Covid-19 hits Europe drug stocks hardest

US drug stocks were shielded from bigger falls in the first quarter by leading coronavirus researchers, leaving groups listed in Japan and Europe to tumble harder.

Quarterly shareprice performance

Even the defensive pharmaceutical sector suffered widespread share price falls in the first quarter, with hundreds of billions wiped from global valuations, a previous Evaluate Vantage analysis found (Covid-19 infects global drug stocks, April 3, 2020).

A look at how these losses were incurred regionally shows that the US was shielded to a certain extent by having several of the leading companies leading the charge to find potential treatments. Europe was hit hardest in the opening months of 2020, as Italy and Spain became the focus of the pandemic in March, with Japanese drugmakers not escaping much either.

In a new project Evaluate Vantage has started tracking the stock market performance of almost 600 global drugmakers covered by EvaluatePharma. This universe excludes micro-caps, defined as those worth less than $250m, and includes only dedicated drug makers; companies whose business is primarily medtech or diagnostics, for example, are excluded.

The US contributes the largest number of drug makers to this universe – 238 companies out of the 579 in total – and therefore accounts for the biggest chunk of market cap. This was eroded by 11% over the first quarter of 2020, with a huge proportion of stocks registering share price declines and a big proportion losing more than a quarter of their value.

Drug stock performance: a look across the regions
  US  Europe Japan
# of companies in universe 240 100 67
% of companies down over Q1 80% 82% 79%
% of companies >25% market cap loss 39% 35% 28%
Source: Evaluate Vantage analysis.

Still, those US stocks that rose did so spectacularly. Vir Biotechnology (+173%) and Cytodyn (+167%) topped the table for share price gains, in the US and across the whole universe. The country contributed four of the 10 biggest share price jumps across the universe, with Forty Seven and Inovio climbing strongly as well.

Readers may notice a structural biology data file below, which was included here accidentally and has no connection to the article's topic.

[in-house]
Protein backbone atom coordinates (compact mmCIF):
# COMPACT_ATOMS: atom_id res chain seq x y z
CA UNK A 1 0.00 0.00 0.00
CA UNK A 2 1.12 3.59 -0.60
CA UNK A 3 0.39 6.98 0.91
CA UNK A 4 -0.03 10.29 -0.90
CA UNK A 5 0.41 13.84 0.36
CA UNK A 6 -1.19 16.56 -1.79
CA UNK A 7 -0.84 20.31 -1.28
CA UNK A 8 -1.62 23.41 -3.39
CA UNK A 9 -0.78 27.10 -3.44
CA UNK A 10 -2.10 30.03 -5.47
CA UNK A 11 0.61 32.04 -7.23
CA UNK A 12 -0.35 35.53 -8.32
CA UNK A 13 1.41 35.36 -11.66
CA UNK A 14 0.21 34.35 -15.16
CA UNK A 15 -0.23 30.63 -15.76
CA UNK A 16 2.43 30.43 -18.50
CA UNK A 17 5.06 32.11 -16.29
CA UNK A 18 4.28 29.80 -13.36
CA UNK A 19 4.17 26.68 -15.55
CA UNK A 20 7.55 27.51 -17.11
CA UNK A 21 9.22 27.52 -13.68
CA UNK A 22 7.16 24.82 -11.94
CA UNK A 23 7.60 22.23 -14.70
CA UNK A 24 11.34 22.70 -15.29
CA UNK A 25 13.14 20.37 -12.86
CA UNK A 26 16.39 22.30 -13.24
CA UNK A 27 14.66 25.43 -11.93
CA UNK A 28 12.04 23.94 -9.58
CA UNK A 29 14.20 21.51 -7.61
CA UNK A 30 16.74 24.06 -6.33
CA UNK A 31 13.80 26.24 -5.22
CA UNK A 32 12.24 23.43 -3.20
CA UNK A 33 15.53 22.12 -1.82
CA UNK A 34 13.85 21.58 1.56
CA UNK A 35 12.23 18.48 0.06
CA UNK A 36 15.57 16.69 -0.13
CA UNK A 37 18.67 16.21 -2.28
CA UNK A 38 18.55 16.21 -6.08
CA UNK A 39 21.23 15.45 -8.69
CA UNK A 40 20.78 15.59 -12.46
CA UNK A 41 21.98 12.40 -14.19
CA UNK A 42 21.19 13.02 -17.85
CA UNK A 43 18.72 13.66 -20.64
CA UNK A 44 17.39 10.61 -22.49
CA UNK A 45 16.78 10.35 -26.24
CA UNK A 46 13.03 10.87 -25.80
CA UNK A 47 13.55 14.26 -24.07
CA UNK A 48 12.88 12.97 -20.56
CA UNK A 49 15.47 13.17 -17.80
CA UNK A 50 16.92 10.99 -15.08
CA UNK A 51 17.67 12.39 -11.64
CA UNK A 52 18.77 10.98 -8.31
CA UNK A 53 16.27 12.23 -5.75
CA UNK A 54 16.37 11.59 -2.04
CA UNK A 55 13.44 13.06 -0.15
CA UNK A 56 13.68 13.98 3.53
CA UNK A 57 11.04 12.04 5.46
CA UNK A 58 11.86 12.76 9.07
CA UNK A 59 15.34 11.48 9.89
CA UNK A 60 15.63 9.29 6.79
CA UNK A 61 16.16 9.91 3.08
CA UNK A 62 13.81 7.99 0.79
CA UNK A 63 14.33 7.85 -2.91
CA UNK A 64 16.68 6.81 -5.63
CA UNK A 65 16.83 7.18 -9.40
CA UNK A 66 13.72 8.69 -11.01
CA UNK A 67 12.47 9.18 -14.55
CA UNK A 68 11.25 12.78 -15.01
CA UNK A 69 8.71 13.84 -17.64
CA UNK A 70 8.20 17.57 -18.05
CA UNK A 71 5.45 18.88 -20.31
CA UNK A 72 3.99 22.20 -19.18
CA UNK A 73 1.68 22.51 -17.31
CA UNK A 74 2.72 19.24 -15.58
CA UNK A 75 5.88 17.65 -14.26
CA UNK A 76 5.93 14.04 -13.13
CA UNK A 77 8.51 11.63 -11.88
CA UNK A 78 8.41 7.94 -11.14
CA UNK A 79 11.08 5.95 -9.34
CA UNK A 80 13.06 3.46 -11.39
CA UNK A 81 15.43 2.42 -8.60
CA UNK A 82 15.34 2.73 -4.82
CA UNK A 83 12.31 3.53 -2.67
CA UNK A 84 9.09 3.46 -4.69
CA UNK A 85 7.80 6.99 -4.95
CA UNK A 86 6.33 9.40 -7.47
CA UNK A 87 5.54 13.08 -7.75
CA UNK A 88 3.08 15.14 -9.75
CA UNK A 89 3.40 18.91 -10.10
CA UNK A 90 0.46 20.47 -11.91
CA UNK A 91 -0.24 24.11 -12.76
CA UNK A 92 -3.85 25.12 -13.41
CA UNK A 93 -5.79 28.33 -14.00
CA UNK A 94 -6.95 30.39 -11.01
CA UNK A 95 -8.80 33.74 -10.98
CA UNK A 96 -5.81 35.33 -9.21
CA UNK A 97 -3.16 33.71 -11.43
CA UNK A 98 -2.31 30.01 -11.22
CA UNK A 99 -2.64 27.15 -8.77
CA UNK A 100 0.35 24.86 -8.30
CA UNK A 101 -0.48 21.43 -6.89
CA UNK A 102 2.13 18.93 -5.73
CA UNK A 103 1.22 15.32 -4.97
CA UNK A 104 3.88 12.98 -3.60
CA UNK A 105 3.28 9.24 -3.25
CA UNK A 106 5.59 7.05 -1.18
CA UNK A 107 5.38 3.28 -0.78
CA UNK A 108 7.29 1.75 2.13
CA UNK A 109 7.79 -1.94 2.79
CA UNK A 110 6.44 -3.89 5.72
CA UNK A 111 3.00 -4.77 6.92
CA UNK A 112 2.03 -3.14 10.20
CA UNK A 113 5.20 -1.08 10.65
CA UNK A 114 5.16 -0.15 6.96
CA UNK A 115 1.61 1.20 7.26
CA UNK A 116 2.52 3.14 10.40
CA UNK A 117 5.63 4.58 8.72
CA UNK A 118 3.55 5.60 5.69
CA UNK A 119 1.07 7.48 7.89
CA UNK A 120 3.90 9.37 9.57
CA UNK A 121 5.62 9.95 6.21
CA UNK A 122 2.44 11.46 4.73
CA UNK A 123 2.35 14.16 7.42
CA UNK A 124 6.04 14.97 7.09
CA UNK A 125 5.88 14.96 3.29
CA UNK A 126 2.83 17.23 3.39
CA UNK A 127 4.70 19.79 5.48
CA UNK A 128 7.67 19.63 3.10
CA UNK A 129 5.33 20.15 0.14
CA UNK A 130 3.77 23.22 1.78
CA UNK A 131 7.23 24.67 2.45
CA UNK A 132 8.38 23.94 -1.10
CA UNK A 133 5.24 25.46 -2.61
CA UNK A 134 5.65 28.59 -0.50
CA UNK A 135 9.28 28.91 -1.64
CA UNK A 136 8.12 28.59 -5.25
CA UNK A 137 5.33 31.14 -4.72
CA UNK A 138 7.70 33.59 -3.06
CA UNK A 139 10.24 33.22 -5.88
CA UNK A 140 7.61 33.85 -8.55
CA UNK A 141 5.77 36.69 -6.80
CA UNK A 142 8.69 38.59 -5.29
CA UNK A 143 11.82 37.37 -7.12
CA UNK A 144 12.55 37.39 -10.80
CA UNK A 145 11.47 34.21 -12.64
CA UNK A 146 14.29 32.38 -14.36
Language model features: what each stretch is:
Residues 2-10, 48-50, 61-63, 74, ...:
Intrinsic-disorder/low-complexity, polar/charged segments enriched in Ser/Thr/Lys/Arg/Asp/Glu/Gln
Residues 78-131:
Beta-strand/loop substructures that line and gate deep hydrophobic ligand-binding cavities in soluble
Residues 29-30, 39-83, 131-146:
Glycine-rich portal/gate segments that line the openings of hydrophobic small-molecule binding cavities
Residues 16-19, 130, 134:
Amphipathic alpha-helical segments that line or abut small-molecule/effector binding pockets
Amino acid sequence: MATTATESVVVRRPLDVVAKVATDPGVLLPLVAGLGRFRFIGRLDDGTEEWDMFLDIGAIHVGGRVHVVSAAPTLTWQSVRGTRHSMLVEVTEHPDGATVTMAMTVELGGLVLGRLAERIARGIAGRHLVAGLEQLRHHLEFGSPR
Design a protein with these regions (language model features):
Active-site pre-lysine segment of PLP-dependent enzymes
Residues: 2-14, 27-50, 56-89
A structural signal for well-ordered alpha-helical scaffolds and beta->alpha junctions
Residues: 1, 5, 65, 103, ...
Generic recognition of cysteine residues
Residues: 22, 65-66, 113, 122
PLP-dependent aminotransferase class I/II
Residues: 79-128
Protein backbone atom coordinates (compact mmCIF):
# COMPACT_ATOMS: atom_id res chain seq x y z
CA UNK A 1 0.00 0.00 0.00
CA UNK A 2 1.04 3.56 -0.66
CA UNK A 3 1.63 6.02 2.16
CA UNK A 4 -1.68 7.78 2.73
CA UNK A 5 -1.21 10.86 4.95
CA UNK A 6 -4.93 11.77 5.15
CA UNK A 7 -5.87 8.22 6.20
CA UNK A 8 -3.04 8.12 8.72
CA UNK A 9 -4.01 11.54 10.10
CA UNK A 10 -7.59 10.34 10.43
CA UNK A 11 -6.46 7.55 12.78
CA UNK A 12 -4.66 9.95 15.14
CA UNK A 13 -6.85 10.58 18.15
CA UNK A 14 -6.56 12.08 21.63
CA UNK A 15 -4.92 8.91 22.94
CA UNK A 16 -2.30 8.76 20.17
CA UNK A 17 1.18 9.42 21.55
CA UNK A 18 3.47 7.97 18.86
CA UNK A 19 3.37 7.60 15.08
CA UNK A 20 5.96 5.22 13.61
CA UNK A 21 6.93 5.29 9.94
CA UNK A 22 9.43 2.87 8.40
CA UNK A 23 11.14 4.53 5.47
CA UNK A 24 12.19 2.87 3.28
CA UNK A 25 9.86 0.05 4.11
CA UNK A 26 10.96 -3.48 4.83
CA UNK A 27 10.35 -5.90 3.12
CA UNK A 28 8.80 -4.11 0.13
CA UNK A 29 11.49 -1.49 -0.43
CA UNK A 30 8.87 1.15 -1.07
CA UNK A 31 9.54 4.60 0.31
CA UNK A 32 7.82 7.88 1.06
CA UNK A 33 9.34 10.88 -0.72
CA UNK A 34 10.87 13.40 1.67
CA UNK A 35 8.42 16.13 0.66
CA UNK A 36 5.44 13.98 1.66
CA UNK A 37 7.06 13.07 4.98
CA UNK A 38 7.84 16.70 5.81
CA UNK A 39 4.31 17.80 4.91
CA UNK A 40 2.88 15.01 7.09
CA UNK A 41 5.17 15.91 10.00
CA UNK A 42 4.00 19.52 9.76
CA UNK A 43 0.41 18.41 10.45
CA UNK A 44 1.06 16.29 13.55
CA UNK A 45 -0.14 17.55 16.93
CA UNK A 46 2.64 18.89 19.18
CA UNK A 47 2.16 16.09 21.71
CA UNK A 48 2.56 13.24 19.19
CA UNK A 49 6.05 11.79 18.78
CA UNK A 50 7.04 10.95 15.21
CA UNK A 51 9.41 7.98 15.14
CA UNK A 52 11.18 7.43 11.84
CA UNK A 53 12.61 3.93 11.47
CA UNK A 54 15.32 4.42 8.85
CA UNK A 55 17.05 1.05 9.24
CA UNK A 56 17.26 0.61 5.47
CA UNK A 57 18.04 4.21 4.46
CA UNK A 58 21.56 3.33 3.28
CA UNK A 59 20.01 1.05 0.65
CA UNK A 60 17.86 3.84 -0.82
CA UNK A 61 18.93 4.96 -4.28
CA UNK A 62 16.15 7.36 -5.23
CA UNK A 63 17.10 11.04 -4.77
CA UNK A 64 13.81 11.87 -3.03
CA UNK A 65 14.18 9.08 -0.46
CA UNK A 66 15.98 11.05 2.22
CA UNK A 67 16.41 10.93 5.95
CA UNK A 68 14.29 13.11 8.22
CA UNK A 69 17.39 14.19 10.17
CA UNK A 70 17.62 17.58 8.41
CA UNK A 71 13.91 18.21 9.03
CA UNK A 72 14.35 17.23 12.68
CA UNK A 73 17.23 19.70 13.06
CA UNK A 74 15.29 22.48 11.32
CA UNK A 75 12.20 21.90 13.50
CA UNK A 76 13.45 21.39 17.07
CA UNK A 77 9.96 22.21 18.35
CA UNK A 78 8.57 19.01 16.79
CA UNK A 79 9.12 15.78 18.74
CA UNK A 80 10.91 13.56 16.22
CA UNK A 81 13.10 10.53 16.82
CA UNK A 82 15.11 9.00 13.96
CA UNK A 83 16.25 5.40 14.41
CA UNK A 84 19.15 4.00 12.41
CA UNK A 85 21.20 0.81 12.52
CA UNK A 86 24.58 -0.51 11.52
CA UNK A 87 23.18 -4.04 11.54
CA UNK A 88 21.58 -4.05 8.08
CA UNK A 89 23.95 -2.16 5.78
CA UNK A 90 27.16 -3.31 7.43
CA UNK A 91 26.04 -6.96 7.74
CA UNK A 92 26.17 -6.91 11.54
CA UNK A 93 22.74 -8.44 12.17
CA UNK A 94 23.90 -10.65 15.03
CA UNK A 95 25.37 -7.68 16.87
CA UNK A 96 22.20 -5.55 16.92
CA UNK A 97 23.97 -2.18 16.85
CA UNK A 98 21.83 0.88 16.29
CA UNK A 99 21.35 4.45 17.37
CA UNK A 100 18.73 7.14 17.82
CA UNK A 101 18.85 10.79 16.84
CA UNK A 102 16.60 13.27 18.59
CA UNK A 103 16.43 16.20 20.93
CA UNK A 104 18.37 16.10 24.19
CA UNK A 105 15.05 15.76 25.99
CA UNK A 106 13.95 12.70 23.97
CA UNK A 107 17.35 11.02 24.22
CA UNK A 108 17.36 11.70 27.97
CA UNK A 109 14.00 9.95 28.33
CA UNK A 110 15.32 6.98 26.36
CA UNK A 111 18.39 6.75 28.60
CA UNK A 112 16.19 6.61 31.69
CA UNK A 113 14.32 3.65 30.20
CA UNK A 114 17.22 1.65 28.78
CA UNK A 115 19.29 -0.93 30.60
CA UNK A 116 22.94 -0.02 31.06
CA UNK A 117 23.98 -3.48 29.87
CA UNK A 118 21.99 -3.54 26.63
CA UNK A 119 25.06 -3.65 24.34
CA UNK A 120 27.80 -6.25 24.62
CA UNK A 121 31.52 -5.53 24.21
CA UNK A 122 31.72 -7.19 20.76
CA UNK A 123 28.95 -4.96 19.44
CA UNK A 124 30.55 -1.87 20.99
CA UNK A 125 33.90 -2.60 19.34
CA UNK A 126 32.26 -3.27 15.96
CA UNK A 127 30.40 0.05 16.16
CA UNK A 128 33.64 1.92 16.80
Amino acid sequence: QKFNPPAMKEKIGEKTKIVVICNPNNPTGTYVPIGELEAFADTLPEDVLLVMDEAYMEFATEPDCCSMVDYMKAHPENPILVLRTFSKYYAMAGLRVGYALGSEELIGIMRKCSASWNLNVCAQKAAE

In terms of valuation, huge market cap gains from the big US biotechs Regeneron (+$12.3bn) and Gilead (+$11.9bn) helped protect the region from the sort of losses seen elsewhere. It goes without saying that the vast majority of risers were fuelled by hopes for their experimental Covid-19 treatments.

The disparate countries of Europe contribute 100 drugmakers to this universe, all but 18 of which saw their share price fall in the first quarter. At 18% this fall was the biggest hit to a region's total market cap. 

Biontech, the German mRNA player, represents a rare bright spot: its 75% share price gain was the region’s most impressive over the three months, while its $5.6bn valuation boost topped the European cohort. France’s AB Science (+29%) and Spain’s Pharmamar (+22%) also benefited from coronavirus efforts, though these are very small companies.

In Japan, Chugai stands out, a remarkable performance given that the company is one of the country’s biggest pharma stocks. Its 24% share price gain over the first quarter added the equivalent of $11.4bn to its market cap, taking the stock to a record high.

This was largely down to Chugai’s exposure to the IL-6 approach, having discovered Actemra; Roche, which owns 50.1% of the company, pays substantial royalties to Chugai on sales of the antibody.

Kyorin was another big gainer; the company said that in mid-April it would launch a test for the coronavirus that takes only 15 minutes; shares in the small-cap drug developer gained 15% over the first quarter.

These bright spots are far from common, however. Drug indices have not fared as badly as other sectors, but this is cold comfort for now, and executives and investors will be hoping that, for the remainder of the year, the only way is up. 

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